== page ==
Novice Principles

AlbumsREVIEWED: Drake & 21 Savage – HER LOSS

REVIEWED: Drake & 21 Savage – HER LOSS

Drake & 21 Savage have been a wonder-duo since their first recorded collaboration, Sneakin. Curiosity over the years has left many asking the question, “When?” This exciting scenario is privy to their high-vibrational chemistry displayed with Mr. Right Now, Knife Talk & Jimmy Cooks . After a surprise performance at Morehouse College and release of the Jimmy Cooks music video, the star tandem officially announced their joint-album, Her Loss.

A full length, 16-song project is difficult to enjoy in an era where music has a short life-span due to the rate in which listeners receive new music but Her Loss defies odds and is a dynamic, all-around performance.

The initial reaction to the project is very unusual to what’s been witnessed from Drake’s albums in recent years; Typically met with divisive opinions such as his infamous collaborative project with Future, What A Time To Be Alive. Her Loss seems to be in a different category. Receiving a large amount of praise early on is due in part to the duo’s effortless chemistry, surreal production and eclectic lyrical content.

Rich Flex sets the stage with an unexpected opening monologue from Young Nudy who has been on the rise for some time now. Even with no recorded verse, this moment still garners enough attention to gain a new audience. The song itself is a monstrous tone setter for what the album entails.

We then enter a whirlwind of explosive records in which Drake & 21 Savage lay the foundation with fierce club anthems On BS, BackOutsideBoyz & Circo Loco. Records like Treacherous Twins, Pussy & Millions and Jumbotron Shit Poppin are lighthearted in production but contain a level of artistry and “quotables” that ultimately create enjoyable records with a surmountable amount of replay value.

Spin Bout U is a beautiful rendition of B.GO.T.I’s Give Me Your Lov’n in which the pairing emphasize their “lover boy” ways through a variety of romantic lyricism which has made this an early fan favorite. Meanwhile, Hours In Silence is the vintage kind of Drake record one could hope for accompanied with 21 background vocals in the beginning half of an exciting record.

Their chemistry oozes on Major Distribution, Privileged Rappers, Broke Boys & More M’s where they trade bars as if they’re in an exhibition sparring match; An array of beat switches to keep listeners on their feet.

21’s lyricism is a major highlight of Her Loss. Since releasing The Slaughter Tape in 2015, there has been a consistent evolution to the Atlanta native’s artistry. Although it may feel at times through the project he is taking a backseat, this is considerably not the case as he is on 12 of 16 records. 21 treated Her Loss like a peak Floyd Mayweather fight; Trading jabs and getting his verses, hooks and flows in where they matter most for unforgettable moments and getting out clean with a win.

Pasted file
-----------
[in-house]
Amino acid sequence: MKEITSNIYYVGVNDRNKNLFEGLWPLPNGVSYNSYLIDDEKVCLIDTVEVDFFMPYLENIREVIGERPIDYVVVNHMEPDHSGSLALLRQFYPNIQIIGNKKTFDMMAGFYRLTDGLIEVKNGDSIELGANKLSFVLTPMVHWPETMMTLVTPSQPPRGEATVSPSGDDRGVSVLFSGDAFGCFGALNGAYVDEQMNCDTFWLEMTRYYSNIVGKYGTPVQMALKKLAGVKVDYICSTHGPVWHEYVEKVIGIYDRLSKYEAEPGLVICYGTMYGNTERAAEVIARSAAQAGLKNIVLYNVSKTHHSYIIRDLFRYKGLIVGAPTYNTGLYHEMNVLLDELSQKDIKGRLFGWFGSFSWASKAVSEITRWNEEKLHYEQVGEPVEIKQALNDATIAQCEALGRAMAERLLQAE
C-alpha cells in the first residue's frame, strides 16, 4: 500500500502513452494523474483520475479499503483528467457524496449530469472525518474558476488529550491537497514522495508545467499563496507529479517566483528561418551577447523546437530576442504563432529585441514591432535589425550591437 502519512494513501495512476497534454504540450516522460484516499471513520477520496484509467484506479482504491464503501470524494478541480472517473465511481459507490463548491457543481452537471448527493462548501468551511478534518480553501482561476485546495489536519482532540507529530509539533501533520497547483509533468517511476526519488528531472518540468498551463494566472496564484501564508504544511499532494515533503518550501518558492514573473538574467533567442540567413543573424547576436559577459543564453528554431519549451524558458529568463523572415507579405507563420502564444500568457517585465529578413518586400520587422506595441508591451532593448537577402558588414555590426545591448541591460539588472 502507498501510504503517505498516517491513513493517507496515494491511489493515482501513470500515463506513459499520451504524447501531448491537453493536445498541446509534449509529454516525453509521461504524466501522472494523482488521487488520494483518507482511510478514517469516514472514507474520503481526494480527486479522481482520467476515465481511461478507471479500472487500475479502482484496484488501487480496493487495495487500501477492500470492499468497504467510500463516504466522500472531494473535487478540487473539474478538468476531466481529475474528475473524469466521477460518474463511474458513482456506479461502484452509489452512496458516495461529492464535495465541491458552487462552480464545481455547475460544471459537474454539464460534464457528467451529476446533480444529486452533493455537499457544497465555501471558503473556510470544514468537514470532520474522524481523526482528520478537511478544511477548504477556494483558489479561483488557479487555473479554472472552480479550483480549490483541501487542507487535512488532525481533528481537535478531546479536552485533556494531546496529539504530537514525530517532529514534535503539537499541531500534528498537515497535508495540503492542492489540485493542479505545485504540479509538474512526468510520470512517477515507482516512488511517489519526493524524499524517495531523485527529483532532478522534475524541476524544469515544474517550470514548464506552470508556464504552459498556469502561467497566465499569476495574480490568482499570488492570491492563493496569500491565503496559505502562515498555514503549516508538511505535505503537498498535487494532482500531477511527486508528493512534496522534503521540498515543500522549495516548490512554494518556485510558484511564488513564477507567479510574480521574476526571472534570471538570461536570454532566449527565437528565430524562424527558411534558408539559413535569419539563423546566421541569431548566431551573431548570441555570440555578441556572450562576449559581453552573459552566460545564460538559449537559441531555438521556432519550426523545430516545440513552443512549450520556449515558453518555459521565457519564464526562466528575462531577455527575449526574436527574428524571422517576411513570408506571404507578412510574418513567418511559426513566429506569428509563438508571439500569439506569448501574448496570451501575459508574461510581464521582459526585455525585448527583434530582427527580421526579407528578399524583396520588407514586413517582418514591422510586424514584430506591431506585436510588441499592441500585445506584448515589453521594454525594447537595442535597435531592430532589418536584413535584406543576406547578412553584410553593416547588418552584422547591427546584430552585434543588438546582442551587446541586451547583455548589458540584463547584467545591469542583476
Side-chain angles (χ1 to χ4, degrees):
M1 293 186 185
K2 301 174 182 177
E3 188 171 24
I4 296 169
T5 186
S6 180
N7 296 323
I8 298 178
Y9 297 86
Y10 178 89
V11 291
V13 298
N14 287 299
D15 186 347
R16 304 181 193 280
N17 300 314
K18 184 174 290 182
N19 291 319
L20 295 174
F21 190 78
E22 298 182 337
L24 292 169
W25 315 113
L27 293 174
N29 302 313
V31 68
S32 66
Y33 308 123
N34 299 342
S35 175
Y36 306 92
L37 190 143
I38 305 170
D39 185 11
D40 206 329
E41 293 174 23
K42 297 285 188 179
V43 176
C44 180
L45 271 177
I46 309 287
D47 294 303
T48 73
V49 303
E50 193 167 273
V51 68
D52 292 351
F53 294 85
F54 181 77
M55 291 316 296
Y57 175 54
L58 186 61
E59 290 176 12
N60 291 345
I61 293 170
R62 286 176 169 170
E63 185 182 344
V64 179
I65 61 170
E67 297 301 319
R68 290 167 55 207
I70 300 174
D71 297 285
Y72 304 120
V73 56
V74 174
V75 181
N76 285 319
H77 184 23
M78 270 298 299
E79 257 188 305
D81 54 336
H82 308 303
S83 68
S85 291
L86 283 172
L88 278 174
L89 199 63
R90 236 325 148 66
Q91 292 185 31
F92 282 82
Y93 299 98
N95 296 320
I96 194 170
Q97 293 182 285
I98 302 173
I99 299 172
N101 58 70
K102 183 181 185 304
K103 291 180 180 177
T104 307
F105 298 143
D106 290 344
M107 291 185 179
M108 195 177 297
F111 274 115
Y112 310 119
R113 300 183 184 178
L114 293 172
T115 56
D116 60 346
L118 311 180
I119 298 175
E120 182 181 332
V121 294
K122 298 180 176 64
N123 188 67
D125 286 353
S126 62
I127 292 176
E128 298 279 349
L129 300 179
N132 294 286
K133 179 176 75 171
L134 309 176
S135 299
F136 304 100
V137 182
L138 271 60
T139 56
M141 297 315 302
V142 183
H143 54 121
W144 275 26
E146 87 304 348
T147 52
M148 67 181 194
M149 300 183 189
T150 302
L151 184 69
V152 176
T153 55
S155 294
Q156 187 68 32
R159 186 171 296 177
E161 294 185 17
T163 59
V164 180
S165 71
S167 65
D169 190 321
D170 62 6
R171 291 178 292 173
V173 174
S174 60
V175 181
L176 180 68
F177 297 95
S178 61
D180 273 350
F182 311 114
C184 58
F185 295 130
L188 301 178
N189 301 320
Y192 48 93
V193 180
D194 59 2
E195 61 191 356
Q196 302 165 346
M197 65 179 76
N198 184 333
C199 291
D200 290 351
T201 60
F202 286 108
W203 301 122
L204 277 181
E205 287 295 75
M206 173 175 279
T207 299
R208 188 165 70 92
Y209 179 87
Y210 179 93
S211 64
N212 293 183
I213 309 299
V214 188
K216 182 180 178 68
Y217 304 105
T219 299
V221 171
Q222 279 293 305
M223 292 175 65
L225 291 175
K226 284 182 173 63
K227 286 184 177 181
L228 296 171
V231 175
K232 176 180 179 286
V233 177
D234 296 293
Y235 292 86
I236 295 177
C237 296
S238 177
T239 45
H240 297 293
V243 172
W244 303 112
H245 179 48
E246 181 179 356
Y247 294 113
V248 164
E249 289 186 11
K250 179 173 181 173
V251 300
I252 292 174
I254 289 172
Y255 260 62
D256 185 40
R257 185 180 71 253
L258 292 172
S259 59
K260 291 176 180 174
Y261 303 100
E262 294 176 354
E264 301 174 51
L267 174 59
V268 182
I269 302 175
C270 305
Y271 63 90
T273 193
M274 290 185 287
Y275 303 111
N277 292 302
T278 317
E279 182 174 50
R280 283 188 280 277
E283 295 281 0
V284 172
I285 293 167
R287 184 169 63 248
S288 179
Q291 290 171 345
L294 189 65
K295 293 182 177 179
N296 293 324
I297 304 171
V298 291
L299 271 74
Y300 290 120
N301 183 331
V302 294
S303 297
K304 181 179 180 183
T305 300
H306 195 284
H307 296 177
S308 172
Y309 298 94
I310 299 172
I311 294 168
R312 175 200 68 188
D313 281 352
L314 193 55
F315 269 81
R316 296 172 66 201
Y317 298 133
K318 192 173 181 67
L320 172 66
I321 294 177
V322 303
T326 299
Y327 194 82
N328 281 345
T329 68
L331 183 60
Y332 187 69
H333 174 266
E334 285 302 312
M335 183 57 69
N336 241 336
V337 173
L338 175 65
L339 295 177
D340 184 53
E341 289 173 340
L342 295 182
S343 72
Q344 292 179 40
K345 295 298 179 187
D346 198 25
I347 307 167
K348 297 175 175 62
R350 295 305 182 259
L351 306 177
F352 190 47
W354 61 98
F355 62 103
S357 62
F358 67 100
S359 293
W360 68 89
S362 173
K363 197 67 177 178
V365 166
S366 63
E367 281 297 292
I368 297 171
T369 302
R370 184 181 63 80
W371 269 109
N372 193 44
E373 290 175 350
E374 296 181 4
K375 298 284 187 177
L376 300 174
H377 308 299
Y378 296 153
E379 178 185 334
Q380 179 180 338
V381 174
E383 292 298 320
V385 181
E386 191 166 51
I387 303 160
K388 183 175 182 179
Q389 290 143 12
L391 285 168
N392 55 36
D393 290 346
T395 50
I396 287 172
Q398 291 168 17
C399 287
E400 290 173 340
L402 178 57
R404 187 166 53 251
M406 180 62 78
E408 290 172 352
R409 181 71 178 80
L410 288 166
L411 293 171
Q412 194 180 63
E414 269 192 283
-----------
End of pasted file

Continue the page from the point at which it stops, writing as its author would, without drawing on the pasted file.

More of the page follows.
Born in October I’m so OVO. Halloween coming and he wants to dress up but he don’t need a costume I’m turning him ghost.

-21 Savage on Broke Boys

3AM in Glenwood is a special record we witness. The “Time and Place” song is a Drake specialty we often look forward to but dishing this to 21 was unique and allowed the Slaughter Gang CEO to be vulnerable over a lush produced record like Drake has done for years; Creating a momentous occasion.

Drake has been one of this generation’s biggest artists and continues his reign with every release. The question that comes from many Hip-Hop traditionalists though is his capabilites as a lyricist. If there was ever any doubt, he answers that question decisively with the luxurious sounding and elusive, Middle Of the Ocean.

“Luxury rap” as one would describe it, is where one brags on their status and is almost always reserved for the upper echelon of rappers like Jay Z & Rick Ross. Drake has flirted with this style on records like Gold Roses & Lemon Pepper Freestyle but now we hear it come full circle.

There’s a sense of symbolism shown on Her Loss that has yet to be discussed and that is 21 Savage’s presence. On the initial listen, it seems that Drake is carrying the load and that may be because of the amazement to what is being heard sonically but after having a chance to analyze each record, you realize 21’s overall importance and contributions to this stellar project. His menacing occupancy allows Drake to gear into a mode that has not been seen for a long time which is a predominantly machismo, confident rap repertoire.

Thought I was a popstar, I’m Slaughter Gang, I baited ’em

-Drake on More M’s

The Boy’s simplistic yet clever wordplay has been beneficial to his success and Her Loss is an opportunity to embrace the villainous role; Bluntly reciting lyrics about his disdain for his past relationships, dealings in the industry and bragging about how far he’s come to deliver a unique side rarely seen before.

It’s as if he’s angry and decided to use this album as a “vent ” session. Utilizing many vices and eye-opening verses, there was something to prove for October’s Very Own.

Overall, Her Loss is stunning. 21 Savage’s contributions cannot be overstated as his maturity and growth play a major role in the stardom of the project. Drake gave the people something worth dancing to earlier in the year and now versatile bars to sit with and analyze. A phenomenal body of work and will be a topic of conversation as 2022 wraps up.


  • Lo

    Love this project so much. This is a great read, Cherry!

  • Samaiya Butler

    One of the best album reviews I’ve ever read.

  • Jada

    You’ve done it again! Thanks for really highlighting that Drake wouldn’t be able to create this ‘machismo’ without 21! 👏🏾

  • James Smartt Jr.

    Great reads as usual. AOTY, Album of the year and Article of the yea!!

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